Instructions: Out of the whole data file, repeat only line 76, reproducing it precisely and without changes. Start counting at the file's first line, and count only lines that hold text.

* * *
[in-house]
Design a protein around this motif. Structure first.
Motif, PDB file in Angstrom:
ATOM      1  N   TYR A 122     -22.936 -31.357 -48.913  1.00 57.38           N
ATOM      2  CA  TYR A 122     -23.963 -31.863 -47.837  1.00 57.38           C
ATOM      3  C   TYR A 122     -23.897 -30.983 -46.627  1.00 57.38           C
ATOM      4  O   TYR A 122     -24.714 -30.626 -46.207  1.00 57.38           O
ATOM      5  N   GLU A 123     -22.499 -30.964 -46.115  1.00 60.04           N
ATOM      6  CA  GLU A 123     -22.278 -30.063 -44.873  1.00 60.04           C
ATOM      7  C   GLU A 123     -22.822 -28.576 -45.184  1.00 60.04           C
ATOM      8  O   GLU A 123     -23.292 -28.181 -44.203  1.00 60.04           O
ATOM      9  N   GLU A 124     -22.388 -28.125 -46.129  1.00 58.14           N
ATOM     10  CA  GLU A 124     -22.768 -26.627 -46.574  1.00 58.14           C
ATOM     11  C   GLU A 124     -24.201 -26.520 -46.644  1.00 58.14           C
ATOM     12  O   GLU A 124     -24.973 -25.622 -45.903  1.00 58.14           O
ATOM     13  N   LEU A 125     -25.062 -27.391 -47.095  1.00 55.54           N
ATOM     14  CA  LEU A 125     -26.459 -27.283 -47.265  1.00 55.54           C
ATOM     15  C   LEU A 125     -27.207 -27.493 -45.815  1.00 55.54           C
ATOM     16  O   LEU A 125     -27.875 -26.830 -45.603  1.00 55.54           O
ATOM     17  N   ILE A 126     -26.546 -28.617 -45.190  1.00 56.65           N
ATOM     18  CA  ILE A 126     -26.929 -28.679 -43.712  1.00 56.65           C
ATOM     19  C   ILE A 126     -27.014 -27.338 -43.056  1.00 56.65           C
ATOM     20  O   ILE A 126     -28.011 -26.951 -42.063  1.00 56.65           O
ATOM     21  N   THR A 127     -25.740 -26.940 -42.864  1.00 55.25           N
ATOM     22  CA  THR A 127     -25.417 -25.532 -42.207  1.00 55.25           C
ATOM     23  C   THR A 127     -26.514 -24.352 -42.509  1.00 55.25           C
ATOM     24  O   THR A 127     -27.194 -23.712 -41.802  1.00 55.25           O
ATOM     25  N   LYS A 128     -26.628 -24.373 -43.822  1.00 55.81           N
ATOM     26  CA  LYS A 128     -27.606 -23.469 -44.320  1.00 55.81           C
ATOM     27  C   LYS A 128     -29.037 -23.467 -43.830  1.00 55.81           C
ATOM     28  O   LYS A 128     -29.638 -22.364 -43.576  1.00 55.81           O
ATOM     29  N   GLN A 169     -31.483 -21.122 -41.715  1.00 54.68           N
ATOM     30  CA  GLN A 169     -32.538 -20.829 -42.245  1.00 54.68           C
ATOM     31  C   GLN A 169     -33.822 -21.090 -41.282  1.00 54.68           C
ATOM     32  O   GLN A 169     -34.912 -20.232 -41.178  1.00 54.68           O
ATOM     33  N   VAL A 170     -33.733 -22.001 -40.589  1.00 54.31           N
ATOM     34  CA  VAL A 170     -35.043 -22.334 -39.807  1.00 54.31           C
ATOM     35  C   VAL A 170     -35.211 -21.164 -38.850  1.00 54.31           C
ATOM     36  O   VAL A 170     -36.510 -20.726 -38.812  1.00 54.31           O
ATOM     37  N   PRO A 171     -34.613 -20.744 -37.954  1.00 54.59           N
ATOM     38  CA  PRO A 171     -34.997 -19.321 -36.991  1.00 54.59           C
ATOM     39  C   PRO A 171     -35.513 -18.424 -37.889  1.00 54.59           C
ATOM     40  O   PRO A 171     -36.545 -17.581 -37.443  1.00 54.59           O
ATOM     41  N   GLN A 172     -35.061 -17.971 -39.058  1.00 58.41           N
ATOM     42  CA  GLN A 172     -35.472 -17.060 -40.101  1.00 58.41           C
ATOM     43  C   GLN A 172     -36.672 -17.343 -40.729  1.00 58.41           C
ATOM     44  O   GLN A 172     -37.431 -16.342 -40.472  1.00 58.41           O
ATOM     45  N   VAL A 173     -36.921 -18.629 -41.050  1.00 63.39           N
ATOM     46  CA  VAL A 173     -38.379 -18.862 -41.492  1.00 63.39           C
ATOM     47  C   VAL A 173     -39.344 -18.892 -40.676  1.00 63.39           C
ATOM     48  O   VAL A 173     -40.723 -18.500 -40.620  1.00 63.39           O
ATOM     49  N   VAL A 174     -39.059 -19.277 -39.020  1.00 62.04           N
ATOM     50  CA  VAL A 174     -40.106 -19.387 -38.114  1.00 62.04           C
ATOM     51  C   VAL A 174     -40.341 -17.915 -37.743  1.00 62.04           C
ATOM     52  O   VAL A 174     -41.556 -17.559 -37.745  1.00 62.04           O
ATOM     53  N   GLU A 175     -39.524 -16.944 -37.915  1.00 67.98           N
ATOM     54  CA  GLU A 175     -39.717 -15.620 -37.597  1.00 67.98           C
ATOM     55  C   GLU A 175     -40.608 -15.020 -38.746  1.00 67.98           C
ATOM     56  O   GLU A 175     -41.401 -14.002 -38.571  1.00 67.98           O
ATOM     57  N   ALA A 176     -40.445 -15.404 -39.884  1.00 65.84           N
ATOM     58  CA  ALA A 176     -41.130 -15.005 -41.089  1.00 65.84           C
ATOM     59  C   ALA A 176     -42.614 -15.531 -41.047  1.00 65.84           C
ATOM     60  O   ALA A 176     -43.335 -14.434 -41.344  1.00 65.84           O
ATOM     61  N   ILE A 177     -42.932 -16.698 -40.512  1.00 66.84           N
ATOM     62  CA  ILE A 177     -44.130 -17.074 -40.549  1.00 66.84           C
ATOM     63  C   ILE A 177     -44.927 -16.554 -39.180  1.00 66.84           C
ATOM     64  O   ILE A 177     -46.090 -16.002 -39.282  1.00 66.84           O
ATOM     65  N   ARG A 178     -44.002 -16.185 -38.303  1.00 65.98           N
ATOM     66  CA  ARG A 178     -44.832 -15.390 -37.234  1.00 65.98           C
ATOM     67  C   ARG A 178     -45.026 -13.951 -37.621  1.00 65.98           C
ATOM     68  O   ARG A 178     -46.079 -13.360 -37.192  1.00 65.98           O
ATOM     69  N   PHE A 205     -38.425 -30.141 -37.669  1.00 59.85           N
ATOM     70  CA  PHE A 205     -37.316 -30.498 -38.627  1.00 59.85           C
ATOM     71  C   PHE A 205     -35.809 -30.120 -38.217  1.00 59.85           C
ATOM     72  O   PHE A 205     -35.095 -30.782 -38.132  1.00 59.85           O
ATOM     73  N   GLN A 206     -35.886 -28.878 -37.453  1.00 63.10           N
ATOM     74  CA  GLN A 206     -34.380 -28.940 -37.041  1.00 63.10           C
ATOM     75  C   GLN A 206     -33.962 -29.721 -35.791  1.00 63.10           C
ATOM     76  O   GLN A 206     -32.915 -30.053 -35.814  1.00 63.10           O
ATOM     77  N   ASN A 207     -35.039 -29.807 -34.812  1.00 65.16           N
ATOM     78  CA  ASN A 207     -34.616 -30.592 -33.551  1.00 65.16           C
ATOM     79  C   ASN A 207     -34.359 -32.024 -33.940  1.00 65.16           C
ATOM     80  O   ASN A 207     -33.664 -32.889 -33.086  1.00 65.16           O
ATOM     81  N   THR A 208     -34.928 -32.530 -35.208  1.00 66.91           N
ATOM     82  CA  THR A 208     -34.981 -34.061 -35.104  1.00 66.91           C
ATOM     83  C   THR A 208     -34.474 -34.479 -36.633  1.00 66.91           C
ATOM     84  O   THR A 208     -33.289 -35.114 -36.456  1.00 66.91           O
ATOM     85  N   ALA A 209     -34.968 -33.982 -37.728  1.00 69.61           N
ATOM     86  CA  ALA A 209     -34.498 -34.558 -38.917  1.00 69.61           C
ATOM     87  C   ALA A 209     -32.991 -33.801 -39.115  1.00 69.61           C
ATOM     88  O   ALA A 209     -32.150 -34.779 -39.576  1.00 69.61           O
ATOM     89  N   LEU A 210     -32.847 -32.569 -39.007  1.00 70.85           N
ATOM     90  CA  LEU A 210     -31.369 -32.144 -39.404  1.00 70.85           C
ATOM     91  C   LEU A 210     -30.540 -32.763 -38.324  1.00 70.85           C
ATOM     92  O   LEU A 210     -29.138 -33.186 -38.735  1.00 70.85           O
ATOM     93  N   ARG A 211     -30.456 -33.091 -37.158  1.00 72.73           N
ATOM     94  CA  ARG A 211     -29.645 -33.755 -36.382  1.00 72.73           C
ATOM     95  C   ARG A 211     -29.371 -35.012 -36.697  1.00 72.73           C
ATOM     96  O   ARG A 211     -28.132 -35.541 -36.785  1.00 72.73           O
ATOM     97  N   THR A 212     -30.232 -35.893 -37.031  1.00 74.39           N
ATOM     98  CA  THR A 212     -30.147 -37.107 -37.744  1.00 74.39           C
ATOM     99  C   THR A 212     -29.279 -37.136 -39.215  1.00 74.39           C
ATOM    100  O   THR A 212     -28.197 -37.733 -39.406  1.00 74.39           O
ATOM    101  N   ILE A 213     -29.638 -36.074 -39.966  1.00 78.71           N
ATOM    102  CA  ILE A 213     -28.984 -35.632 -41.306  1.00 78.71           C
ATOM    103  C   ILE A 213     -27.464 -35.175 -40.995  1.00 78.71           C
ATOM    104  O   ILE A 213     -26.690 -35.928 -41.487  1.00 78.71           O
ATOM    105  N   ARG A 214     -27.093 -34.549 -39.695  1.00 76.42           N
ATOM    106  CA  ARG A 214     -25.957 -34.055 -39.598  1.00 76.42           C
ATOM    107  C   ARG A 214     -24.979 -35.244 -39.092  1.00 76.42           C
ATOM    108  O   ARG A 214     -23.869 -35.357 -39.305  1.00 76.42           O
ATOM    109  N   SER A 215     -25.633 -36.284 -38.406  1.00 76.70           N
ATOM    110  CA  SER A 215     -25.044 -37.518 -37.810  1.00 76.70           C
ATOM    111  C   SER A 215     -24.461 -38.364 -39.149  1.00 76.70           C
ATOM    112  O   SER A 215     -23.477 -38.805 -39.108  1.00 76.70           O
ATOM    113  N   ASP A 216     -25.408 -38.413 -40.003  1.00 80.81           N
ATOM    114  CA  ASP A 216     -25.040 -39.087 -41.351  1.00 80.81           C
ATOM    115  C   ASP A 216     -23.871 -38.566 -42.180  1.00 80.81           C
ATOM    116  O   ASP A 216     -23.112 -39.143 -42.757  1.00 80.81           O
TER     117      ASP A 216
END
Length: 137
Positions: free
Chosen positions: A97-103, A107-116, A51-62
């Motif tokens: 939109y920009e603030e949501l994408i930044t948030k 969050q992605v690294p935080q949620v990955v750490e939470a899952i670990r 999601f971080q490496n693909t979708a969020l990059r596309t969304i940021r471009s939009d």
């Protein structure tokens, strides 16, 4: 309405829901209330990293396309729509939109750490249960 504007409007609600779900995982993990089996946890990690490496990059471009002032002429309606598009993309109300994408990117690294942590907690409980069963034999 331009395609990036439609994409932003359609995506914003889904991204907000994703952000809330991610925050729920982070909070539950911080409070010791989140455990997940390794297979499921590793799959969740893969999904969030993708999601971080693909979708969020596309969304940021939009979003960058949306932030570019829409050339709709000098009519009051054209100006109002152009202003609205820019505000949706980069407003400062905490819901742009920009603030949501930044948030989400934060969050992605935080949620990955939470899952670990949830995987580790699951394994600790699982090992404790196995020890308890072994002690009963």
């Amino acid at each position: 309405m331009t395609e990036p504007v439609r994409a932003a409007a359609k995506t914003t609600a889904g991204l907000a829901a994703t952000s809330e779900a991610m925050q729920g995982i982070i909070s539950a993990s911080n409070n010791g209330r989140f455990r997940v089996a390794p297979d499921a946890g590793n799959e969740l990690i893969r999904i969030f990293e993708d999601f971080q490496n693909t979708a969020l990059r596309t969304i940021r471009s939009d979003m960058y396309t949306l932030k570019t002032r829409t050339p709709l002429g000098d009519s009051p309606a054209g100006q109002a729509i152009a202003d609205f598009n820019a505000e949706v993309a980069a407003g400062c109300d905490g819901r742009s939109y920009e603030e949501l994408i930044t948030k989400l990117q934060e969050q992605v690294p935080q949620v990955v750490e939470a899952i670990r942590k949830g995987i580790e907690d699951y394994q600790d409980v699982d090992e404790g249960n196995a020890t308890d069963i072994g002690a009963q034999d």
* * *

ATOM     73  N   GLN A 206     -35.886 -28.878 -37.453  1.00 63.10           N